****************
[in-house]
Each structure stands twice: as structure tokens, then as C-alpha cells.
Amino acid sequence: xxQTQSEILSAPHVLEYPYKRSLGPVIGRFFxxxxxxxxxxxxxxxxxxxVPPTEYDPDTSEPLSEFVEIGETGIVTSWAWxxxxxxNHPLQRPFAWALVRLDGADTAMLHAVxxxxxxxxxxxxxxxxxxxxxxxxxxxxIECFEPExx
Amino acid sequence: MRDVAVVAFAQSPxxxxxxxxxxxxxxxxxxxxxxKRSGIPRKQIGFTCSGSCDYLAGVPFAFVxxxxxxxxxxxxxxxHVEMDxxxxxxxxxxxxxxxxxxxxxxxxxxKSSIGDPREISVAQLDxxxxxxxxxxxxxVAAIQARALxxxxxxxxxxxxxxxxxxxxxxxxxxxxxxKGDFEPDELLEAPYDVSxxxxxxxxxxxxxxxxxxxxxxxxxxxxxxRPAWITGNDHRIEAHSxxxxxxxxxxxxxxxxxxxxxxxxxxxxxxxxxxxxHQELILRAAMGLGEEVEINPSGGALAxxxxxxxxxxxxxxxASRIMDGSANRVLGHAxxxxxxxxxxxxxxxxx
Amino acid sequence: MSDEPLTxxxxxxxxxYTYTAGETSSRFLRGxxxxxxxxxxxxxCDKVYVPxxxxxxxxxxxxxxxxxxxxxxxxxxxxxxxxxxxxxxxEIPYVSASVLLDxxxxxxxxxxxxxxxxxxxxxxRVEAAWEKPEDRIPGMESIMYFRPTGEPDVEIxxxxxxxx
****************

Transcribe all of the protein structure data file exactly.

[in-house]
Each structure stands twice: as structure tokens, then as C-alpha cells.
Amino acid sequence: xxQTQSEILSAPHVLEYPYKRSLGPVIGRFFxxxxxxxxxxxxxxxxxxxVPPTEYDPDTSEPLSEFVEIGETGIVTSWAWxxxxxxNHPLQRPFAWALVRLDGADTAMLHAVxxxxxxxxxxxxxxxxxxxxxxxxxxxxIECFEPExx
Amino acid sequence: MRDVAVVAFAQSPxxxxxxxxxxxxxxxxxxxxxxKRSGIPRKQIGFTCSGSCDYLAGVPFAFVxxxxxxxxxxxxxxxHVEMDxxxxxxxxxxxxxxxxxxxxxxxxxxKSSIGDPREISVAQLDxxxxxxxxxxxxxVAAIQARALxxxxxxxxxxxxxxxxxxxxxxxxxxxxxxKGDFEPDELLEAPYDVSxxxxxxxxxxxxxxxxxxxxxxxxxxxxxxRPAWITGNDHRIEAHSxxxxxxxxxxxxxxxxxxxxxxxxxxxxxxxxxxxxHQELILRAAMGLGEEVEINPSGGALAxxxxxxxxxxxxxxxASRIMDGSANRVLGHAxxxxxxxxxxxxxxxxx
Amino acid sequence: MSDEPLTxxxxxxxxxYTYTAGETSSRFLRGxxxxxxxxxxxxxCDKVYVPxxxxxxxxxxxxxxxxxxxxxxxxxxxxxxxxxxxxxxxEIPYVSASVLLDxxxxxxxxxxxxxxxxxxxxxxRVEAAWEKPEDRIPGMESIMYFRPTGEPDVEIxxxxxxxx